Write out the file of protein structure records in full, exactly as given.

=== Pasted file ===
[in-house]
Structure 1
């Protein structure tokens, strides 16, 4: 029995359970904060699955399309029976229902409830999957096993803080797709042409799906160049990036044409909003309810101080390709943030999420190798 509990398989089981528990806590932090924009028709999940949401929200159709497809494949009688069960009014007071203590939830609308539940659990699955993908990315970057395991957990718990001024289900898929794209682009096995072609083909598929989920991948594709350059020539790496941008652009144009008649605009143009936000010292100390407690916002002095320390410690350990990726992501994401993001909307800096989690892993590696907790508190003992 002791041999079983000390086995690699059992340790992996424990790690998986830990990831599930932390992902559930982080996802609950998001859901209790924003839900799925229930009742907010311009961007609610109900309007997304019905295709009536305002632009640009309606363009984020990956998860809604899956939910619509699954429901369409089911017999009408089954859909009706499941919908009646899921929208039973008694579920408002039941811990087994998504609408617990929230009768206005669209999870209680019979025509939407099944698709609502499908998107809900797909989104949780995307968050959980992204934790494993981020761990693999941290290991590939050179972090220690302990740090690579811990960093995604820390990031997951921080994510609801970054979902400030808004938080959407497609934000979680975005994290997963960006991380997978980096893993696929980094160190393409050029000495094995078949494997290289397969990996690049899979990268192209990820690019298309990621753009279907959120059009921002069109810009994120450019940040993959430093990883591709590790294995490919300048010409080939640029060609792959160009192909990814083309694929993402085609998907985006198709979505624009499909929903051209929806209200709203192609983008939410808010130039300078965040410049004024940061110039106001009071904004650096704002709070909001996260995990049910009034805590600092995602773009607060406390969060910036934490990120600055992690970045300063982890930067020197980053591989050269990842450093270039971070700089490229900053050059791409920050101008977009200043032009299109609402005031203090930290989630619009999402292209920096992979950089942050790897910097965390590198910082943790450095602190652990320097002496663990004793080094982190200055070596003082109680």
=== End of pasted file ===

[in-house]
Structure 1
């Protein structure tokens, strides 16, 4: 029995359970904060699955399309029976229902409830999957096993803080797709042409799906160049990036044409909003309810101080390709943030999420190798 509990398989089981528990806590932090924009028709999940949401929200159709497809494949009688069960009014007071203590939830609308539940659990699955993908990315970057395991957990718990001024289900898929794209682009096995072609083909598929989920991948594709350059020539790496941008652009144009008649605009143009936000010292100390407690916002002095320390410690350990990726992501994401993001909307800096989690892993590696907790508190003992 002791041999079983000390086995690699059992340790992996424990790690998986830990990831599930932390992902559930982080996802609950998001859901209790924003839900799925229930009742907010311009961007609610109900309007997304019905295709009536305002632009640009309606363009984020990956998860809604899956939910619509699954429901369409089911017999009408089954859909009706499941919908009646899921929208039973008694579920408002039941811990087994998504609408617990929230009768206005669209999870209680019979025509939407099944698709609502499908998107809900797909989104949780995307968050959980992204934790494993981020761990693999941290290991590939050179972090220690302990740090690579811990960093995604820390990031997951921080994510609801970054979902400030808004938080959407497609934000979680975005994290997963960006991380997978980096893993696929980094160190393409050029000495094995078949494997290289397969990996690049899979990268192209990820690019298309990621753009279907959120059009921002069109810009994120450019940040993959430093990883591709590790294995490919300048010409080939640029060609792959160009192909990814083309694929993402085609998907985006198709979505624009499909929903051209929806209200709203192609983008939410808010130039300078965040410049004024940061110039106001009071904004650096704002709070909001996260995990049910009034805590600092995602773009607060406390969060910036934490990120600055992690970045300063982890930067020197980053591989050269990842450093270039971070700089490229900053050059791409920050101008977009200043032009299109609402005031203090930290989630619009999402292209920096992979950089942050790897910097965390590198910082943790450095602190652990320097002496663990004793080094982190200055070596003082109680």